once a minute over the twelve.

    I have Emily p. 216 propped open on the sugarbowl

    but am covertly watching my mother.

    A thousand questions hit my eyes from the inside.

    My mother is studying her lettuce.

    I turn to p. 217.

    “In my flight through the kitchen I knocked over Hareton

    who was hanging a litter of puppies

    from a chairback in the doorway. . . .”

    It is as if we have all been lowered into an atmosphere of glass.

    Now and then a remark trails through the glass.

    Taxes on the back lot. Not a good melon,

    too early for melons.

    Hairdresser in town found God, closes shop every Tuesday.

    Mice in the teatowel drawer again.

    Little pellets. Chew off

    the corners of the napkins, if they knew

    what paper napkins cost nowadays.

    Rain tonight. Rain tomorrow.

    That volcano in the Philippines at it again. What’s her name

    Anderson died no not Shirley

    the opera singer. Negress.

    Cancer.

    Not eating your garnish, you don’t like pimento?

    Out the window I can see dead leaves ticking over the flatland

    and dregs of snow scarred by pine filth.

    At the middle of the moor

    where the ground goes down into a depression,

    the ice has begun to unclench.

    Black open water comes

    curdling up like anger. My mother speaks suddenly.

    That psychotherapy’s not doing you much good is it?

    You aren’t getting over him.

    My mother has a way of summing things up.

    She never liked Law much

    but she liked the idea of me having a man and getting on with life.

    Well he’s a taker and you’re a giver I hope it works out,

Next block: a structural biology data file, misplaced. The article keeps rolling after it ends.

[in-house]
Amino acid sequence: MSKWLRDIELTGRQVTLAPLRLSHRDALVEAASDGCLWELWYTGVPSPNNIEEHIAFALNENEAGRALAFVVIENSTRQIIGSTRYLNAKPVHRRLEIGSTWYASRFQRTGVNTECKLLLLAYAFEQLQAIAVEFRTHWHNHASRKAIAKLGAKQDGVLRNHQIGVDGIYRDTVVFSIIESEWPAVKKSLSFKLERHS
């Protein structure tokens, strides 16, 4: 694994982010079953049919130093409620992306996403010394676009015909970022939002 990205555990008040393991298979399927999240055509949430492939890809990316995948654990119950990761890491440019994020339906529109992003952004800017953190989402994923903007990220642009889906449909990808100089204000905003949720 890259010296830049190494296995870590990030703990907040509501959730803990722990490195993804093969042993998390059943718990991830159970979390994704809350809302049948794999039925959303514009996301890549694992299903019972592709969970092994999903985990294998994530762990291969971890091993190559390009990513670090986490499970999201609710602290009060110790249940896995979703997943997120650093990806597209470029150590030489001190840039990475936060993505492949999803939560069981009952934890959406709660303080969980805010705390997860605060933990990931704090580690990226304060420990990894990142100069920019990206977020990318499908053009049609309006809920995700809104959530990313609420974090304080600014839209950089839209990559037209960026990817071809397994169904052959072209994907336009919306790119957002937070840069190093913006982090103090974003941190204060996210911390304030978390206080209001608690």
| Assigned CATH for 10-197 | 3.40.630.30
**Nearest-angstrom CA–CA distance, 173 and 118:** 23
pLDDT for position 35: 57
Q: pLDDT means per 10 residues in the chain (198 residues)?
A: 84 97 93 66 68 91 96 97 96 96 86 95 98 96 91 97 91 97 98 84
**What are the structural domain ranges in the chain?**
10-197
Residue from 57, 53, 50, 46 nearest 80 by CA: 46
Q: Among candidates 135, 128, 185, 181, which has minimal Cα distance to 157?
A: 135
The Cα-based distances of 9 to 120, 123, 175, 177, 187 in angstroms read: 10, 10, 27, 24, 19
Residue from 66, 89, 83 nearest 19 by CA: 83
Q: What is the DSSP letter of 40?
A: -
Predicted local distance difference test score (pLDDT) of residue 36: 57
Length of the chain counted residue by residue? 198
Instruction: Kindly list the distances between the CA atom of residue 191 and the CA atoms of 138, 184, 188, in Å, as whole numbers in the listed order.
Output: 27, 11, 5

was all she said after she met him.

    Give and take were just words to me

    at the time. I had not been in love before.

    It was like a wheel rolling downhill.

    But early this morning while mother slept

    and I was downstairs reading the part in Wuthering Heights

    where Heathcliff clings at the lattice in the storm sobbing

    Come in! Come in! to the ghost of his heart’s darling,

    I fell on my knees on the rug and sobbed too.

    She knows how to hang puppies,

    that Emily.

    It isn’t like taking an aspirin you know, I answer feebly.

    Dr. Haw says grief is a long process.

    She frowns. What does it accomplish

    all that raking up the past?

    Oh—I spread my hands—

    I prevail! I look her in the eye.

    She grins. Yes you do.

    WHACHER Whacher,

    Emily’s habitual spelling of this word,

    has caused confusion.

    For example

    in the first line of the poem printed Tell me, whether, is it winter?

    in the Shakespeare Head edition.

    But whacher is what she wrote.

    Whacher is what she was.

    She whached God and humans and moor wind and open night.

    She whached eyes, stars, inside, outside, actual weather.

    She whached the bars of time, which broke.

    She whached the poor core of the world,

    wide open.

    To be a whacher is not a choice.

    There is nowhere to get away from it,

    no ledge to climb up to—like a swimmer

    who walks out of the water at sunset

    shaking the drops off, it just flies open.

    To be a whacher is not in itself sad or happy,

    although she uses these words in her verse

    as she uses the emotions of sexual union in her novel,

    grazing with euphemism the work of whaching.

    But it has no name. It is transparent.

    Sometimes she calls it Thou.

    “Emily is in the parlour brushing the carpet,”

    records Charlotte in 1828.

    Unsociable even at home

    and unable to meet the eyes of strangers when she ventured out,

    Emily made her awkward way

    across days and years whose bareness appalls her biographers.

    This sad stunted life, says one.

    Uninteresting, unremarkable, wracked by disappointment

    and despair, says another.

    She could have been a great navigator if she’d been male,

    suggests a third. Meanwhile

    Source : www.poetryfoundation.org

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    James 9 month ago
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    Guys, does anyone know the answer?